This only works for function parameters, not stand-alone function pointers, and so is of somewhat limited use.

Providing default functions

If you’re going to allow the caller to pass in a function as a parameter, it can often be useful to provide some standard functions for the caller to use for their convenience. For example, in the selection sort example above, providing the ascending() and descending() function along with the selectionSort() function would make the caller’s life easier, as they wouldn’t have to rewrite ascending() or descending() every time they want to use them.

You can even set one of these as a default parameter:

In this case, as long as the user calls selectionSort normally (not through a function pointer), the comparisonFcn parameter will default to ascending.

Making function pointers prettier with typedef or type aliases

Let’s face it -- the syntax for pointers to functions is ugly. However, typedefs can be used to make pointers to functions look more like regular variables:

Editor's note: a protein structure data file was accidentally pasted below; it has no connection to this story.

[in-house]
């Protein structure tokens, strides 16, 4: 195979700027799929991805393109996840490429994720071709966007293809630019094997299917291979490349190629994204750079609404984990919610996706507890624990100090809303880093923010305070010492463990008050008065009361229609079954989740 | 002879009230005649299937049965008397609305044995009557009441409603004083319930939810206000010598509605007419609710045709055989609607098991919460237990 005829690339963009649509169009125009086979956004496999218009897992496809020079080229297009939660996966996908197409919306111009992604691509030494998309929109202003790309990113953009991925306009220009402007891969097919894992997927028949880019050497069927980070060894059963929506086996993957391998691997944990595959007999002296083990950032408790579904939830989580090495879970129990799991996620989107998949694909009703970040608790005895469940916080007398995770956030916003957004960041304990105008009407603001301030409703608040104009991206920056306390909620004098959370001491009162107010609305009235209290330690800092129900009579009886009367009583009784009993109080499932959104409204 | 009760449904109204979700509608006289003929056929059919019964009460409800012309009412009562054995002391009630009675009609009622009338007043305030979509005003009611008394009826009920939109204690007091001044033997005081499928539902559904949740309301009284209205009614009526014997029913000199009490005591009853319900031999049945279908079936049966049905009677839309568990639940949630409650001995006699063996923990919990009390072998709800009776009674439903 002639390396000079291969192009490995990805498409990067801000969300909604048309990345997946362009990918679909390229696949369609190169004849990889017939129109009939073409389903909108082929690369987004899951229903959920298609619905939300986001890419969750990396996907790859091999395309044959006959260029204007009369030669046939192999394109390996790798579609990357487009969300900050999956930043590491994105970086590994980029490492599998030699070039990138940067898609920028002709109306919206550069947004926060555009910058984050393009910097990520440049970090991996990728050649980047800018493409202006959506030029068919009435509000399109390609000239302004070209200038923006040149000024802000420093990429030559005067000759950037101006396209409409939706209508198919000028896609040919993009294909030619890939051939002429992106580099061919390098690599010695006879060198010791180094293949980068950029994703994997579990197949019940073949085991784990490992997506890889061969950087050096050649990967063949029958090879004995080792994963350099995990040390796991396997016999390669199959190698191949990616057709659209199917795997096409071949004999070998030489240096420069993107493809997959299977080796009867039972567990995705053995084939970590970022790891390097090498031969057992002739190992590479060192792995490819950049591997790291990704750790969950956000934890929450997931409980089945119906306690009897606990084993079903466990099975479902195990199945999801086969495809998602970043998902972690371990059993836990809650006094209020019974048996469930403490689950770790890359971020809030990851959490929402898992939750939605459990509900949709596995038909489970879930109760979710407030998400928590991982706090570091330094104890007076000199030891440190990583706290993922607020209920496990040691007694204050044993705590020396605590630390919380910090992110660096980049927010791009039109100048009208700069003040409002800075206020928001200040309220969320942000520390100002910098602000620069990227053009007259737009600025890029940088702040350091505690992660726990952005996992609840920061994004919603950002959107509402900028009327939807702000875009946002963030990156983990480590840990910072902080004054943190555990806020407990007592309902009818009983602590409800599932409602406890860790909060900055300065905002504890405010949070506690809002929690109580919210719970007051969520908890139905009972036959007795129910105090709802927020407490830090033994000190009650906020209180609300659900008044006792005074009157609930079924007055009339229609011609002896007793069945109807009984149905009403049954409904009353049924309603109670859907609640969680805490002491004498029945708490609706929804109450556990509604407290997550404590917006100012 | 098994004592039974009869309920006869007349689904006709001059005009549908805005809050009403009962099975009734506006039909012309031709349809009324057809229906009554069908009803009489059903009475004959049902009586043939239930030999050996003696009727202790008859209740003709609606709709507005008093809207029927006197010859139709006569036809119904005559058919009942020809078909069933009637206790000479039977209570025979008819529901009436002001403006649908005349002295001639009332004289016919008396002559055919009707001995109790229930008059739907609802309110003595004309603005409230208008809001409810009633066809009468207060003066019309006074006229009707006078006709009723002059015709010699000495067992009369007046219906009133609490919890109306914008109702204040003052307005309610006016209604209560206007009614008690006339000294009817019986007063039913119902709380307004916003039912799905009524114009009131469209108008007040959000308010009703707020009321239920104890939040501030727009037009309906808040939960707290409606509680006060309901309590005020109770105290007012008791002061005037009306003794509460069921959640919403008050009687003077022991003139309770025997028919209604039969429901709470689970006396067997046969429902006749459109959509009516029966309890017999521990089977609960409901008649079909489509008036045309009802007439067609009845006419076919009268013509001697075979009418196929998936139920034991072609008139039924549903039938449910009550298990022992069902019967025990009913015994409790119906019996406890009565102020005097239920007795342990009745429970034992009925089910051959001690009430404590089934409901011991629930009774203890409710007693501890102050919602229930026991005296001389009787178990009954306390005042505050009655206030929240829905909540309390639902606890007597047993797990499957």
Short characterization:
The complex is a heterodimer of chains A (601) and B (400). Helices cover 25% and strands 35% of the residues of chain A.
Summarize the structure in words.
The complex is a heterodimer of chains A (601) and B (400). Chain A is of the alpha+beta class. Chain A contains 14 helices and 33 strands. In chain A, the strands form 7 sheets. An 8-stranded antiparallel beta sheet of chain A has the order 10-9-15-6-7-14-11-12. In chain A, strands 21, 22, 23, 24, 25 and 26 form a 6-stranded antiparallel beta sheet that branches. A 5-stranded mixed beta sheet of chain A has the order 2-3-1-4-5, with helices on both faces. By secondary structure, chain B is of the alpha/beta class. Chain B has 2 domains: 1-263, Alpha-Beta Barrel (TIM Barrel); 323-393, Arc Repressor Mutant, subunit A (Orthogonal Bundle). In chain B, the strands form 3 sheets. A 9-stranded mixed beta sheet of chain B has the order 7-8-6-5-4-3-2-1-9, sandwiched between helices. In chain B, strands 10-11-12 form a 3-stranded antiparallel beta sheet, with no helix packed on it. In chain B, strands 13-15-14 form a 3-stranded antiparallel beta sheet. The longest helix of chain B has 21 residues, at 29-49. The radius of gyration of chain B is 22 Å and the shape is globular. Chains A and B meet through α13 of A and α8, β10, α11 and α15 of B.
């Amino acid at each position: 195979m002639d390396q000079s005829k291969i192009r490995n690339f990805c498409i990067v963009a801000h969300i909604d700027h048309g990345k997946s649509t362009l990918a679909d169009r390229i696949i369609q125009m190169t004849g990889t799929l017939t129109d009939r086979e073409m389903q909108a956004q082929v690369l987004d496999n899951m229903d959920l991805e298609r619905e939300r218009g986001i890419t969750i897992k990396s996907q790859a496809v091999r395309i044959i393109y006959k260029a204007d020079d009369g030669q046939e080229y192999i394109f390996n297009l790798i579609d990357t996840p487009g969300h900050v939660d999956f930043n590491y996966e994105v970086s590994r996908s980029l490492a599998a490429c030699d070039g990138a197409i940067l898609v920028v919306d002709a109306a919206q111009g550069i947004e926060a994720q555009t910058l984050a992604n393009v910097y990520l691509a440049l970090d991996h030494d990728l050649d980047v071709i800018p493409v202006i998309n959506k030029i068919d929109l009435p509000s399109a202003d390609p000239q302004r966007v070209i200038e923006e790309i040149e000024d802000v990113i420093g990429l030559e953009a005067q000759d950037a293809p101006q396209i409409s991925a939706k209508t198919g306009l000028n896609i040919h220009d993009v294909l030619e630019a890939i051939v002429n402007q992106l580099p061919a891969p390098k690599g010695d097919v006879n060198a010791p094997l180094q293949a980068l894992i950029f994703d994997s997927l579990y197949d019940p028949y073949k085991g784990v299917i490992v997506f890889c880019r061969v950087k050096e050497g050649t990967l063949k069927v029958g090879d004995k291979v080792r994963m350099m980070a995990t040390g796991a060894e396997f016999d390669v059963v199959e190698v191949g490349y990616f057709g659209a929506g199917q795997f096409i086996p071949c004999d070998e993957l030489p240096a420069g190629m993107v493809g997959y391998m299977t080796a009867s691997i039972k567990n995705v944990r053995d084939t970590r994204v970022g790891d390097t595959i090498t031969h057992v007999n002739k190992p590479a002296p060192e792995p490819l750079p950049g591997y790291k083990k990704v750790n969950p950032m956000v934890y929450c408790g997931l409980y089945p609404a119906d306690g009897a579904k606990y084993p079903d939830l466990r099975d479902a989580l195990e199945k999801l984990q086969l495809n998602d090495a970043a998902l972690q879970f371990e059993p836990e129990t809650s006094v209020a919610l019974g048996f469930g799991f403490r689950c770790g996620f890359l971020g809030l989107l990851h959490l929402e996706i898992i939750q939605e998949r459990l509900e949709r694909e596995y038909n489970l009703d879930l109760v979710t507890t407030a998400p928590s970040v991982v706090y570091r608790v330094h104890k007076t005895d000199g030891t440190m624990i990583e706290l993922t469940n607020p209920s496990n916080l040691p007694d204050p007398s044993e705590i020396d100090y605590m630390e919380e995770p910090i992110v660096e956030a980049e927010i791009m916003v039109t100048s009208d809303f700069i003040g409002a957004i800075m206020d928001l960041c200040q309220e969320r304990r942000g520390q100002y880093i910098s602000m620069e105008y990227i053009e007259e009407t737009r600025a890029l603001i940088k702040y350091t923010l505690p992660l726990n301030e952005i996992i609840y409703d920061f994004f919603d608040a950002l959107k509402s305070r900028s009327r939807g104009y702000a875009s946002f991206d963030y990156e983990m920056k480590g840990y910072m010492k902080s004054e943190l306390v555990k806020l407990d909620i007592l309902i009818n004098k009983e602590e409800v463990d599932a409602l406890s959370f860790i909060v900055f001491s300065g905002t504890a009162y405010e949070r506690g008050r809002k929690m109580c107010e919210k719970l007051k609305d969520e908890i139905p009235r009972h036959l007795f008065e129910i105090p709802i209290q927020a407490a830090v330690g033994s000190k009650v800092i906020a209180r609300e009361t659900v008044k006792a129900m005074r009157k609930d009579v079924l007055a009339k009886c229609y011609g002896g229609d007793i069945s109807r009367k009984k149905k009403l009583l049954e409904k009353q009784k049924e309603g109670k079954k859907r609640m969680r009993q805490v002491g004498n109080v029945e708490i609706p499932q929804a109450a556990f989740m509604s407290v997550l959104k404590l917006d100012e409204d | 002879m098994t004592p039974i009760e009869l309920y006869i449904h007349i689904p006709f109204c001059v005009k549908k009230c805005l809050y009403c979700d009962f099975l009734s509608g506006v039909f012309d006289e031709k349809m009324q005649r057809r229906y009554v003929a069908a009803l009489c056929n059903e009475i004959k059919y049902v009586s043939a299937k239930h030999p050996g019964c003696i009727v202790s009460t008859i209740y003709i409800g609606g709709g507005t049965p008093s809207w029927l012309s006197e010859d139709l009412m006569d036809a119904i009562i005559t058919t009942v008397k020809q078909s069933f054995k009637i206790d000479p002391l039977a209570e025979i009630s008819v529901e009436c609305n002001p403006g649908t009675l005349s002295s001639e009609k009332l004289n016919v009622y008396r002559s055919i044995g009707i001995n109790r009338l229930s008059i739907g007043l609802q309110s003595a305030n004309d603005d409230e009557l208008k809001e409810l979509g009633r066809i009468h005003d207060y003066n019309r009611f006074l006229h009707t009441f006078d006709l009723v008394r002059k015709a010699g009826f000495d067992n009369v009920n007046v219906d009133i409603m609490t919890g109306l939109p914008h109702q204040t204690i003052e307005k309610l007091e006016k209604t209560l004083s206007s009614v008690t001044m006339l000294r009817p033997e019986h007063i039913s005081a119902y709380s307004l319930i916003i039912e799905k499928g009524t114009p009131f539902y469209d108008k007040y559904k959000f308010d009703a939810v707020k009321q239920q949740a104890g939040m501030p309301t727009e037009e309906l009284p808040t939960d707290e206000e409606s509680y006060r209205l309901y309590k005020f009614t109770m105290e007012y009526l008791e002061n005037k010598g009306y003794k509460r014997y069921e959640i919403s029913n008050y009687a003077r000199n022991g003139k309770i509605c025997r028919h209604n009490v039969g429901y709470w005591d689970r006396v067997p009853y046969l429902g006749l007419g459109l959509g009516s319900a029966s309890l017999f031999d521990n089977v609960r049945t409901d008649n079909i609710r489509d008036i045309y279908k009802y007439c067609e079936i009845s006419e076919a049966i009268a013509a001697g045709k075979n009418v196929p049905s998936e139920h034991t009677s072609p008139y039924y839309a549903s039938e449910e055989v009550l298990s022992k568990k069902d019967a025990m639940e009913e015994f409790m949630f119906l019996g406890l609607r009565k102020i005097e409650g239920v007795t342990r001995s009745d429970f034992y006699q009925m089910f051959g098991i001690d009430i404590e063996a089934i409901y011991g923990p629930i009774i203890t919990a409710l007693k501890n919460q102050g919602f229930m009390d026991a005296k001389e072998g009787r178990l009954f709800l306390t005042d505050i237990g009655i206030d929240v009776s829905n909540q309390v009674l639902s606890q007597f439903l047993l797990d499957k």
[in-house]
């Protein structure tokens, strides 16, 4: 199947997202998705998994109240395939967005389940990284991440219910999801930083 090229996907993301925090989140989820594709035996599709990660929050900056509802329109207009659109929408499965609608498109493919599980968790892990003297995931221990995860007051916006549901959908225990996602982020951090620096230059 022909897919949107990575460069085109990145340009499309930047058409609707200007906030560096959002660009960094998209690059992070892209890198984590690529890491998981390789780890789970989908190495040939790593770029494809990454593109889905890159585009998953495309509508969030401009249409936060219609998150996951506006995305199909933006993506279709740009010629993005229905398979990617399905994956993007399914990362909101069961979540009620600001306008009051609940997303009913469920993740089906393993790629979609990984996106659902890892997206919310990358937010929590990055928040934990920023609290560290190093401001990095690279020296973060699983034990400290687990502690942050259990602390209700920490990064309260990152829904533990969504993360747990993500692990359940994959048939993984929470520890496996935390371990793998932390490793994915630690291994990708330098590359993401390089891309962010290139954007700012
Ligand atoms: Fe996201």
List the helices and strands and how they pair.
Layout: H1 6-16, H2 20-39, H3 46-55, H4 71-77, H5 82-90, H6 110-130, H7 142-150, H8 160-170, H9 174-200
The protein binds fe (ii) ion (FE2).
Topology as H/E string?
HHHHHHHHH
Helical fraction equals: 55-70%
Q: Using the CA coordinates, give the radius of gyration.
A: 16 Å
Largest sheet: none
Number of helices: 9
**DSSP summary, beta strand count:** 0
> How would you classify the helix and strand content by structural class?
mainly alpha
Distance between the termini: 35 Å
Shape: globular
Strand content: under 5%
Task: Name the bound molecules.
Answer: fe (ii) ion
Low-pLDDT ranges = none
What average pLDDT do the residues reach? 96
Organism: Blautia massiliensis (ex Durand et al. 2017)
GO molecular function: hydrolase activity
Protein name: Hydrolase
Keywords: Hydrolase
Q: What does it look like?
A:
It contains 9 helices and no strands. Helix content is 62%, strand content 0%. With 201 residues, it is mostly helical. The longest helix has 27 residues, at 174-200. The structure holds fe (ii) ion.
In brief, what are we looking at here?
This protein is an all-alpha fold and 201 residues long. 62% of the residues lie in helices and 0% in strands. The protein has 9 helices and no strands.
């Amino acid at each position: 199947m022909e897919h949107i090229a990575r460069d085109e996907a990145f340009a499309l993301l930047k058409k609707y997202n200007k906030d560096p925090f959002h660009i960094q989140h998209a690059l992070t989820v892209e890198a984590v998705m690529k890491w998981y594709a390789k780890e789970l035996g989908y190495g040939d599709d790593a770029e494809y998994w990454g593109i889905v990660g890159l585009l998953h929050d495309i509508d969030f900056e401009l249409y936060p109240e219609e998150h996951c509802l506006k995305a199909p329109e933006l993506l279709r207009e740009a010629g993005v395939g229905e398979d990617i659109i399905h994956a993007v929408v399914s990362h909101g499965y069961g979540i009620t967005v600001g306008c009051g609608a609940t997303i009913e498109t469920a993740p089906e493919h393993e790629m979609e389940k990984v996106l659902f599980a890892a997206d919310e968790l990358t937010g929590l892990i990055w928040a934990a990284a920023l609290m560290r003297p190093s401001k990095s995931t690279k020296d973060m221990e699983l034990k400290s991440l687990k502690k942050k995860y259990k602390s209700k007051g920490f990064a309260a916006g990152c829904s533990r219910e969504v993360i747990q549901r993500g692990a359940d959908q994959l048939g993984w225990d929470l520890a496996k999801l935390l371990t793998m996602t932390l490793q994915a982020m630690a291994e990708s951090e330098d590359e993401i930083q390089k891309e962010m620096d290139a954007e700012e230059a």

This defines a typedef called “validateFcn” that is a pointer to a function that takes two ints and returns a bool.

Now instead of doing this:

You can do this:

Which reads a lot nicer! However, the syntax to define the typedef itself can be difficult to remember.

In C++11, you can instead use type aliases to create aliases for function pointers types:

This reads more naturally than the equivalent typedef, since the name of the alias and the alias definition are placed on opposite sides of the equals sign.

Using a type alias is identical to using a typedef:

Using std::function in C++11

Introduced in C++11, an alternate method of defining and storing function pointers is to use std::function, which is part of the standard library <functional> header. To define a function pointer using this method, declare a std::function object like so:

As you see, both the return type and parameters go inside angled brackets, with the parameters inside parenthesis. If there are no parameters, the parentheses can be left empty. Although this reads a little more verbosely, it’s also more explicit, as it makes it clear what the return type and parameters expected are (whereas the typedef method obscures them).

Updating our earlier example with std::function:

Note that you can also type alias std::function:

Type inference for function pointers